In past posts, we’ve noted the many ways artists speak out through their art-doing. Whether to question or connect us, artists are charged, perhaps now more than ever. And thanks to social media, more and more people can engage with the good work artists do.
For example, to memorialize and respond to the atrocities that ended the life of George Floyd – as well as re-ignite #BlackLivesMatter and speak to the hundreds of years of Black persecution in the United States – visual artists have taken to the streets in the ways they know best. Greta McLain, Xena Goldman, and Cadex Herrera acted by painting a mural at the corner of 38th Street and Chicago Avenue South, the spot where Floyd was arrested. These three artists were assisted by artists Maria Javier, Rachel Breen, Niko Alexander, and Pablo Helmp Hernandez.
Minutes before his death, Floyd managed to muster: “I can’t breathe.”
Floyd’s last words, “I can’t breathe,” were transformed and the phrase at the center of the mural came later. As stated by one of the muralists:
“The phrase came from an African American community member, Anjel Carpenter, who approached us and asked for it,” McLain said. “She then surveyed the community, asking them if they preferred ‘I can breathe now,’ ‘Let me breathe,’ and one more, and they voted for ‘I can breathe now.’ We asked another member of the community to paint those words in.”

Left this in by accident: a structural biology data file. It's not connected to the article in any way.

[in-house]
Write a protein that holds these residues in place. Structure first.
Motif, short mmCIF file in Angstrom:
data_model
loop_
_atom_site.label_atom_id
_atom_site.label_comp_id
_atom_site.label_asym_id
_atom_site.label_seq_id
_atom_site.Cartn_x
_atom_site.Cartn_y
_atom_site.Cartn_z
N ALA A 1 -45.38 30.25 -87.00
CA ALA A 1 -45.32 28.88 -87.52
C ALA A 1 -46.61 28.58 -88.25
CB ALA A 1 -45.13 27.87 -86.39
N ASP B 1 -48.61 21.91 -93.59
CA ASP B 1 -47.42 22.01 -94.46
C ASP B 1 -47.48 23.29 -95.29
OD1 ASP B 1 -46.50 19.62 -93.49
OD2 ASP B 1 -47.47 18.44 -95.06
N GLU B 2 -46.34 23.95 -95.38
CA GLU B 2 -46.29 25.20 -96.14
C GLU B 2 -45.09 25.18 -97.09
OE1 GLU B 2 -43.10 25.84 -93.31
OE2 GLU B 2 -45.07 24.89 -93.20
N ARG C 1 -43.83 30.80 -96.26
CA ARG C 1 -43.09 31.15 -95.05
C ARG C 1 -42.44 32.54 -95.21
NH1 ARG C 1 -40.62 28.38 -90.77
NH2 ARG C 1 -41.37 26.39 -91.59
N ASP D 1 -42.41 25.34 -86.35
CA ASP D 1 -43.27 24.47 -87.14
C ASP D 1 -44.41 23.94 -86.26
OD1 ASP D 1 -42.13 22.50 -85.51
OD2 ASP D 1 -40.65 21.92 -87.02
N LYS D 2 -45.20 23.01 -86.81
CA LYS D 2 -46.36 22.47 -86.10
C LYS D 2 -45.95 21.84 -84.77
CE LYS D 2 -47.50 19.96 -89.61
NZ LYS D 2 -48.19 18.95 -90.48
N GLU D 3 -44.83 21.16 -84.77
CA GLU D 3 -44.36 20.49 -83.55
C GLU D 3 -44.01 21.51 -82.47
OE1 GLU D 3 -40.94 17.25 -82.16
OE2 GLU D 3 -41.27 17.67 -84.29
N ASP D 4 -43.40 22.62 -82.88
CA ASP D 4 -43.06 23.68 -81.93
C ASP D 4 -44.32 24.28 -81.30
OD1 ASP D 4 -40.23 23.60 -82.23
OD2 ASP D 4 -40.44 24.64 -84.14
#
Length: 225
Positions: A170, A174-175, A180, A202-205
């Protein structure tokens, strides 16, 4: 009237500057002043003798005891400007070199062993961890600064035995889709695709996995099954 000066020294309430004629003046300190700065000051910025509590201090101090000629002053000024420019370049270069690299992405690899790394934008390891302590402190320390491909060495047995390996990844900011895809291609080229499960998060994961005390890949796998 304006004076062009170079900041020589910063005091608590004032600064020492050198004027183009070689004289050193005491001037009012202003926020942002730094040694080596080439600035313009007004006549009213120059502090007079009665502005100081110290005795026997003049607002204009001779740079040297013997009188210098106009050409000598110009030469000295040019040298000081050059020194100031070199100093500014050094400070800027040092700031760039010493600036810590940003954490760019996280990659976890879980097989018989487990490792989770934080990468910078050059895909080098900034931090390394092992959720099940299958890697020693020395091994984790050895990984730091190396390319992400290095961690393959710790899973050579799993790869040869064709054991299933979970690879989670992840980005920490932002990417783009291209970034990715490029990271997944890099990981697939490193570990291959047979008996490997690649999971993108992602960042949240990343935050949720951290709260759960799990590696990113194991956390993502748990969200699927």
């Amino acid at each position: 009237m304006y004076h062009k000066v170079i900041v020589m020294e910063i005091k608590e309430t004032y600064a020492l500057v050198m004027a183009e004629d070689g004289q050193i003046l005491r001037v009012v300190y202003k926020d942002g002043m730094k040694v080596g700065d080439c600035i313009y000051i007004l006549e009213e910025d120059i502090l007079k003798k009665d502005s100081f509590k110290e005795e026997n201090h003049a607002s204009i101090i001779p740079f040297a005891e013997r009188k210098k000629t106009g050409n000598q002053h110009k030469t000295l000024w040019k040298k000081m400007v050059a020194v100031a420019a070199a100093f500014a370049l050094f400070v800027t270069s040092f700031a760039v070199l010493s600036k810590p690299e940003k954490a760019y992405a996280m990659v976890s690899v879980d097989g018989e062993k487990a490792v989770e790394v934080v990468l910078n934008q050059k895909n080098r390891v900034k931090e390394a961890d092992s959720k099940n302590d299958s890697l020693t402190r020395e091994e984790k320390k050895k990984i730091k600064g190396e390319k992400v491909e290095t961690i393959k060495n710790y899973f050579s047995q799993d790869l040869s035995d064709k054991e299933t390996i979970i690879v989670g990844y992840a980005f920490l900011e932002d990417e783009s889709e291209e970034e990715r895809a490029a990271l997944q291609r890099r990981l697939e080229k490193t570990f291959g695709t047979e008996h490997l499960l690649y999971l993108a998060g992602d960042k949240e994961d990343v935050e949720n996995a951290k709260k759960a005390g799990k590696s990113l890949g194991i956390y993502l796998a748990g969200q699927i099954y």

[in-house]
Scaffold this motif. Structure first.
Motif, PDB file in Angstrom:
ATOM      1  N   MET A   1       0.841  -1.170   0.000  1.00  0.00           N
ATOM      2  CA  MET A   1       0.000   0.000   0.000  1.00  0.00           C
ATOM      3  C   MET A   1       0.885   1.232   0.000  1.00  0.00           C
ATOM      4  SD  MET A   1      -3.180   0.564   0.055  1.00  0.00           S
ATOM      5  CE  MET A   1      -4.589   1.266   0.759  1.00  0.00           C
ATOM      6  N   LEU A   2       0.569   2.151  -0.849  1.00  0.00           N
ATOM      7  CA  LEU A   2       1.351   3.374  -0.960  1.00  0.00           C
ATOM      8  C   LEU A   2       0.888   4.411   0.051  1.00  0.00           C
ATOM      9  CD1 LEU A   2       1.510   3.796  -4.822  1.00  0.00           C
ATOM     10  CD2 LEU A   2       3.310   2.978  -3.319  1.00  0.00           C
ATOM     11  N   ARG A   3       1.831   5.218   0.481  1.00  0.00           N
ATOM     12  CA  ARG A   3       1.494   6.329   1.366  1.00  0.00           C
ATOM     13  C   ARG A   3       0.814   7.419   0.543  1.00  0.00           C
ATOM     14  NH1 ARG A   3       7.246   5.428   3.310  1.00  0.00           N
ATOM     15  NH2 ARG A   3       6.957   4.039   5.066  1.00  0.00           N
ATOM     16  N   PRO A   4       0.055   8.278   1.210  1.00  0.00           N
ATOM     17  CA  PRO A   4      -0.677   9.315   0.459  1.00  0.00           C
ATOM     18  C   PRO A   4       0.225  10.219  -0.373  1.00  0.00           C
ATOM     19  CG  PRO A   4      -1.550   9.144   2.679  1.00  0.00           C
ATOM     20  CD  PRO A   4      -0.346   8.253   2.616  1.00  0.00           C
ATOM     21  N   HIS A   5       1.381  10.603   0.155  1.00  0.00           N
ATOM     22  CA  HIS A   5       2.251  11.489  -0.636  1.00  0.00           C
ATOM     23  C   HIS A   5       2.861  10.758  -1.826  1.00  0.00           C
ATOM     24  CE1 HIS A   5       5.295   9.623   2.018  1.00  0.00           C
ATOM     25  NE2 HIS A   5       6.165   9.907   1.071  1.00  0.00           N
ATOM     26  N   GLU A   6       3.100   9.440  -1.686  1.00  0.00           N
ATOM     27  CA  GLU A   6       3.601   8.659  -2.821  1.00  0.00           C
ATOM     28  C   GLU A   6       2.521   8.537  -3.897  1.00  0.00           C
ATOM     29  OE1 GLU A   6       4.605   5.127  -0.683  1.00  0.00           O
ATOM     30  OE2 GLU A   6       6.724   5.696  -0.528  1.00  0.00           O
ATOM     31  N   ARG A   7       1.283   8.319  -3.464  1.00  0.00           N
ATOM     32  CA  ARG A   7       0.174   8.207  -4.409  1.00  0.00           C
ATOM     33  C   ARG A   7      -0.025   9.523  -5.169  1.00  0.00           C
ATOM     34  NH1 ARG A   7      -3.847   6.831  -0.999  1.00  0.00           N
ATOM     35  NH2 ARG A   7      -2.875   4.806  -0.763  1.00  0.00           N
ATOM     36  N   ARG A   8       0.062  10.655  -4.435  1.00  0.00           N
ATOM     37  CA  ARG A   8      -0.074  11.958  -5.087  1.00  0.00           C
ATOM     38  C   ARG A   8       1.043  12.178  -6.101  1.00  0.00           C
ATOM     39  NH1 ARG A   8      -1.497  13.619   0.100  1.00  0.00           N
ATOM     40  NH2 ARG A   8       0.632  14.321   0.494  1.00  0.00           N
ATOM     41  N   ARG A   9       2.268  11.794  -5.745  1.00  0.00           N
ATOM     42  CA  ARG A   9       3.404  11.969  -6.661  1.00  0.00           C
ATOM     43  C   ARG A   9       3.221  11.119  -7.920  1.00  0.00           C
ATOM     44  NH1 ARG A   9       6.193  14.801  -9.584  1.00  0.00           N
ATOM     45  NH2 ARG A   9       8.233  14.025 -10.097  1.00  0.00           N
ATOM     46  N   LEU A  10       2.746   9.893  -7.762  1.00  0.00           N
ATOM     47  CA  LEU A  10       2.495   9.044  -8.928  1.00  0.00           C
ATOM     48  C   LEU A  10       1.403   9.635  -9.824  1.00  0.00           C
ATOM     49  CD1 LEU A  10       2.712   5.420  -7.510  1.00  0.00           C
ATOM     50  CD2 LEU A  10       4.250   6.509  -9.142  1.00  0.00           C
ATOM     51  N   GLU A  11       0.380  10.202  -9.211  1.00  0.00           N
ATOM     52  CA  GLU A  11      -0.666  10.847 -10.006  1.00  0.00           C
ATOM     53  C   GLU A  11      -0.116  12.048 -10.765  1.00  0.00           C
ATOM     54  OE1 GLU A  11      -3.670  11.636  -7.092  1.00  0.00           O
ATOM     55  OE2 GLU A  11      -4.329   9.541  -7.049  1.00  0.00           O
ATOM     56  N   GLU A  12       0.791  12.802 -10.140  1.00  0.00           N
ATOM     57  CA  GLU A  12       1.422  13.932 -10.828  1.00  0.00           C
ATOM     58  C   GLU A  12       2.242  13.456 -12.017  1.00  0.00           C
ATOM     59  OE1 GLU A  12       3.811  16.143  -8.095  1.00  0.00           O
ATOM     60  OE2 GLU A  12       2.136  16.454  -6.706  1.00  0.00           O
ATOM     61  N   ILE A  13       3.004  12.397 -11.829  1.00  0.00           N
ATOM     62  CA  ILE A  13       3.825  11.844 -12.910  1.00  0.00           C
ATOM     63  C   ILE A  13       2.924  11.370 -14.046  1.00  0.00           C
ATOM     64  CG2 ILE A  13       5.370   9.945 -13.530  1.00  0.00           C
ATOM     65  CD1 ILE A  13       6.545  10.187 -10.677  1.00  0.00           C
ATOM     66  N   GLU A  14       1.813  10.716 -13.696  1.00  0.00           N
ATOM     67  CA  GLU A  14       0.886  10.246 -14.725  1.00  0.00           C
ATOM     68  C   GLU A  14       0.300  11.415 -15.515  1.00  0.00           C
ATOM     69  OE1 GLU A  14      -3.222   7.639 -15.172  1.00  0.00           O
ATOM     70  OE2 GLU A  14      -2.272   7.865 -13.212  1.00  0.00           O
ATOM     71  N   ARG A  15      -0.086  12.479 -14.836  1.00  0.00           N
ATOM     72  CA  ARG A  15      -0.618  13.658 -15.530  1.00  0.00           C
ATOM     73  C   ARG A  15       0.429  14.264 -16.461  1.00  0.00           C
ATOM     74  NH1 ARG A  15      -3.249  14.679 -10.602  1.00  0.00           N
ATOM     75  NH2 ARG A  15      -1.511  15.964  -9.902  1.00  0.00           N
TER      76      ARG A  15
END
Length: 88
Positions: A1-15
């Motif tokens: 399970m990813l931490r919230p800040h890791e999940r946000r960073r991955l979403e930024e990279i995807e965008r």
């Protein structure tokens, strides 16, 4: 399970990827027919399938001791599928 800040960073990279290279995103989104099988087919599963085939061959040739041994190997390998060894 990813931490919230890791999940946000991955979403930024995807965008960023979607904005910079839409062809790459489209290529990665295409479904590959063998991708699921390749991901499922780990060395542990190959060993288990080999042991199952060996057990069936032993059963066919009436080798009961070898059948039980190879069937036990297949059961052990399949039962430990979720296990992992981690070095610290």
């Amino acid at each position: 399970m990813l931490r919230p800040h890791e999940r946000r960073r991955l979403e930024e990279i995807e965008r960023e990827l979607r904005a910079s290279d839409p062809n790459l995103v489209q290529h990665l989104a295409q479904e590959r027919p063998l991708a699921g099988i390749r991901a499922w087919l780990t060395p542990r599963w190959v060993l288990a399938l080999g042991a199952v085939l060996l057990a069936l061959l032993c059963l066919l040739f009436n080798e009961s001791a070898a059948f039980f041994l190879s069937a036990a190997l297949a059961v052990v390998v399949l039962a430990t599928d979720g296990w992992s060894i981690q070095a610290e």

“(Carpenter) expressed to us that the idea of not being able to breathe was fueling so much tension and anger,” McLain continued. “And that now George was with God and it was important for our community healing to claim our breath and ability to breathe.”
Beyond Minneapolis, many more murals have emerged around the globe.
Visual artists are not the only ones speaking out. Poets, filmmakers, actors, and more are outraged.
Musicians, too, regardless of genre are expressing their frustration, sadness, and empathy.
The above are just a small sample of the artists who are speaking out against injustice. Let us join them.